The number of new magazines being launched each year in the country isn't growing smaller just because print is "supposedly" declining; quite the contrary. Between October 2013 and the end of September 2014 there was a total of 862 new magazine launches - with 232 of those promising frequency. For a declining medium, print magazines are audaciously responding to that sentiment loudly and clearly with a courageous repudiation to their critics. Defining 862 new launches as "declining" is an understatement, to say the least.
Google may be on the cutting edge of technology, but its search engine is going increasingly old school by favoring the web sites of print publications. The expense of printing and distributing publications has led most publishers to start weaning themselves from dead-tree editions. But those same costs may be a key to Google's love affair with print-media brands. Google's preference for print pops up frequently in its guidelines for quality raters, a 160-page document that advises the Google employees who evaluate web sites in order to improve the company's search algorithms.
One year after a little-known business news website bought theNewsweek franchise and seven months after its print edition was resurrected, new owner International Business Times announced Monday that the magazine has turned a profit.
Citing 400% growth in revenue during the past year, and a 100-fold increase in advertising dollars, IBT Media CEO Etienne Uzac said September was the magazine's first profitable month since the purchase. The publication had lost money for years under The Washington Post Co., and more recently, Barry Diller's IAC, which had merged it with Tina Brown's Daily Beast.
Google, the epitome of the internet ventures that have so disrupted the magazine industry, turns out to have a crush on traditional publishers, a recently leaked report reveals. But publishers' increasingly reckless behavior threatens to dash this odd-couple relationship on the rocks.
Could the sale of the Digital First Media properties lead to the U.S.'s first quasi-national newspaper company? That's the hope of DFM's current owners, and the shiniest lure tossed out into the newspaper property marketplace by UBS, the unorthodox pick of DFM to be its banker/broker as its six dozen dailies are being shopped. Digital First Media finally announced the sale of its papers two weeks ago, confirming my April report ("The newsonomics of Digital First Media's Thunderdome implosion and coming sale") that the company had begun deep cost-cutting, with an eye toward profit maximization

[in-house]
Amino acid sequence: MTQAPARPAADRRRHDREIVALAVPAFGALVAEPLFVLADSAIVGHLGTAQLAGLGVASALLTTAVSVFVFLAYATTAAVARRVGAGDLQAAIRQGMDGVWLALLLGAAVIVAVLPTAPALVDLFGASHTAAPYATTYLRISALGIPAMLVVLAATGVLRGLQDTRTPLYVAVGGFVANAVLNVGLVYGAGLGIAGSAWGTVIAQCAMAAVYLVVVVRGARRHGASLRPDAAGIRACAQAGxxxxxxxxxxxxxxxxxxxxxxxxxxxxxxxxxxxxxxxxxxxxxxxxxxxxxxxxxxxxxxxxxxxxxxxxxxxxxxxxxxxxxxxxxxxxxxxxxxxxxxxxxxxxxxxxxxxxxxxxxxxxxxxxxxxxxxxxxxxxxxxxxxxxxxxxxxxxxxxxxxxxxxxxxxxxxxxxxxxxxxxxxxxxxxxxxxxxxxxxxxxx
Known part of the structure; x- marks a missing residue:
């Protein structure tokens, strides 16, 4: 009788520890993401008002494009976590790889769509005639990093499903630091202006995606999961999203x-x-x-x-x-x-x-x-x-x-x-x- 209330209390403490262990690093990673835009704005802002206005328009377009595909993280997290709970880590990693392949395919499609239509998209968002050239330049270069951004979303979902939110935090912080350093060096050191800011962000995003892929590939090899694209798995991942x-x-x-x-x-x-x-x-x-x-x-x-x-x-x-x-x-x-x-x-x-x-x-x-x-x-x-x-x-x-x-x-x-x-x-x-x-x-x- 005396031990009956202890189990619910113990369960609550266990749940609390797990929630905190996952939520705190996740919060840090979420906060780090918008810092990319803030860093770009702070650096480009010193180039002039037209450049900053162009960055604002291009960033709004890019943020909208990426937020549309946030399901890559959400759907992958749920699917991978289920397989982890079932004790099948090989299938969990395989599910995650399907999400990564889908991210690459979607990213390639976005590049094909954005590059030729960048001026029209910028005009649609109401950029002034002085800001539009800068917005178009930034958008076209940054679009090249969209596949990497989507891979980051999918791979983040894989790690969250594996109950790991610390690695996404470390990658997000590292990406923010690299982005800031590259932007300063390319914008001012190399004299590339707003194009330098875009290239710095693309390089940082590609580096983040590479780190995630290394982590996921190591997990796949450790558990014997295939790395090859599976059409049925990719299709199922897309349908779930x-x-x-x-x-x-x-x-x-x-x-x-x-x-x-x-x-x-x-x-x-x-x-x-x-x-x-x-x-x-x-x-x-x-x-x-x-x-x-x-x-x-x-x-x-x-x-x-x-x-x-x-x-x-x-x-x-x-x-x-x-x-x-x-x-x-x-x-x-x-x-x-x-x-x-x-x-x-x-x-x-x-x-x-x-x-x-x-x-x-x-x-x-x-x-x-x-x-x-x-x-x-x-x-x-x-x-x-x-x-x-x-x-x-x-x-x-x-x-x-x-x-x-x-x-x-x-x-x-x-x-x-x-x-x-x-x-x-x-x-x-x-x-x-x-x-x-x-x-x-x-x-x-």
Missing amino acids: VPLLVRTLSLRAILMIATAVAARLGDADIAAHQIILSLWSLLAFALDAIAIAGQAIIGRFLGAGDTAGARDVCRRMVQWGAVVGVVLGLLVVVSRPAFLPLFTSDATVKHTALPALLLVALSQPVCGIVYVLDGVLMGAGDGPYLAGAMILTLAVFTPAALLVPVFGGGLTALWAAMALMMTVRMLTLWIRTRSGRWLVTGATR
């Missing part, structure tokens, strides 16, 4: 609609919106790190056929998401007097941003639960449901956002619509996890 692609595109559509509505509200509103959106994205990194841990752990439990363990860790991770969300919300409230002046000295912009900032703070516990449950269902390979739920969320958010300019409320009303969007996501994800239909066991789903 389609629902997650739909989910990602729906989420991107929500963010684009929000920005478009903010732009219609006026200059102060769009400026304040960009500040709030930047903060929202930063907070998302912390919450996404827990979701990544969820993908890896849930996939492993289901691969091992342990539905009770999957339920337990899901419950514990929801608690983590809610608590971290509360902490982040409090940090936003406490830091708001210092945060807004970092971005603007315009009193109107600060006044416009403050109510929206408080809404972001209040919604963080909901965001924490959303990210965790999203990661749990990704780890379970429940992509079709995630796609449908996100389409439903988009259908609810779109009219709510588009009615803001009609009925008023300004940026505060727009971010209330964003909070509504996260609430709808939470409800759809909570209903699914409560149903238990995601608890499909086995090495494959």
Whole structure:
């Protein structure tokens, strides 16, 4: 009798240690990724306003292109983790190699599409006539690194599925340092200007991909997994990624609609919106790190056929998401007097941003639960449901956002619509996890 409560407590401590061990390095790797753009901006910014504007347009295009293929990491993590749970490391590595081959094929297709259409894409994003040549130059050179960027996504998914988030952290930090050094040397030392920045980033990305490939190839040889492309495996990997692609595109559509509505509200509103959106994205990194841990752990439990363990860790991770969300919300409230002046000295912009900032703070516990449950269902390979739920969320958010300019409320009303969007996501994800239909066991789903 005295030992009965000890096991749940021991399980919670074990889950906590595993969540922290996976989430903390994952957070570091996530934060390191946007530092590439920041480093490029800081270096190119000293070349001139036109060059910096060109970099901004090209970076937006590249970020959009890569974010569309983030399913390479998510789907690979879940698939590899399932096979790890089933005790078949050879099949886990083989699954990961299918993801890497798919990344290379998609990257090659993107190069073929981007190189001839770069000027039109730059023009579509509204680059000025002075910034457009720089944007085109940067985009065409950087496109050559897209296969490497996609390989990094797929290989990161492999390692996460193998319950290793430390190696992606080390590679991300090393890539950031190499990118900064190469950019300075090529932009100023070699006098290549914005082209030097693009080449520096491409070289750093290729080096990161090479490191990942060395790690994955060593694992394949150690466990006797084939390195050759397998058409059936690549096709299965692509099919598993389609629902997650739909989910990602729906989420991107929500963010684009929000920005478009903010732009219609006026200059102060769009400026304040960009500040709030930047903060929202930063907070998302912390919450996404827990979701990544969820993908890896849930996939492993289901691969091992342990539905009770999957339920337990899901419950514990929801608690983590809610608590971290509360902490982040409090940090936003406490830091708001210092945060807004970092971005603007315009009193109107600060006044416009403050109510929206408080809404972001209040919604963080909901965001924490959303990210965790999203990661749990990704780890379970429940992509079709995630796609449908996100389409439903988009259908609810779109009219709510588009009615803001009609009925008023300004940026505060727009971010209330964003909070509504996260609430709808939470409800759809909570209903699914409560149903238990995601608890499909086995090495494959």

Almost a year ago The Wire dropped an important signifier from its name. The decision to drop the "Atlantic" was about letting the news and entertainment aggregator live on its own outside the parent company. Along with that came a new design and new URL, all emphasizing the point that The Wire was a brand on its own, comparable with other Atlantic Media independents.
When IAC was beginning to wind down its catastrophic ownership of Newsweek in early 2013, the emphasis was on transitioning the brand from its decades-old print format to a new digital-only platform operating at a historically low footprint.
Then, not long after IBT Media acquired the embattled title last fall, the focus shifted to resurrecting Newsweek in print with a new editor, a growing masthead and a business plan that involved scaling the magazine's subscription base at a boutique price.
A commentator I respect, Joe Wikert, published a piece last week headlined "How Print Is Killing Publishers" that at first struck me as completely wrongheaded and backwards. But what we have here is failure to communicate.
"Print is a publisher's silent killer" because publishers are relying on print "even at the expense of digital transformation and growth," Wikert wrote for Book Business magazine. "The crazy part is we all know it's a big problem and yet very few publishers are taking evasive action."
Samir "Mr. Magazine" Husni has been tracking consumer magazine launches for most of his life, making him one of the nation's leading experts on the subject. He shares with Publishing Executive his take on this year's latest batch of titles.
The newsweekly Newsweek is like Tom Cruise at the end of Interview with the Vampire: it may still be alive, but it is not looking very good. At least that is what users of the digital edition are telling the publisher.
Newsweek probably won't go away until someone drives a stick through its heart. Bought by audio businessman Sidney Harman for a dollar from The Washington Post in 2010, the magazine embarrassed itself with a series of silly front cover stories under the editorial leadership of Tina Brown.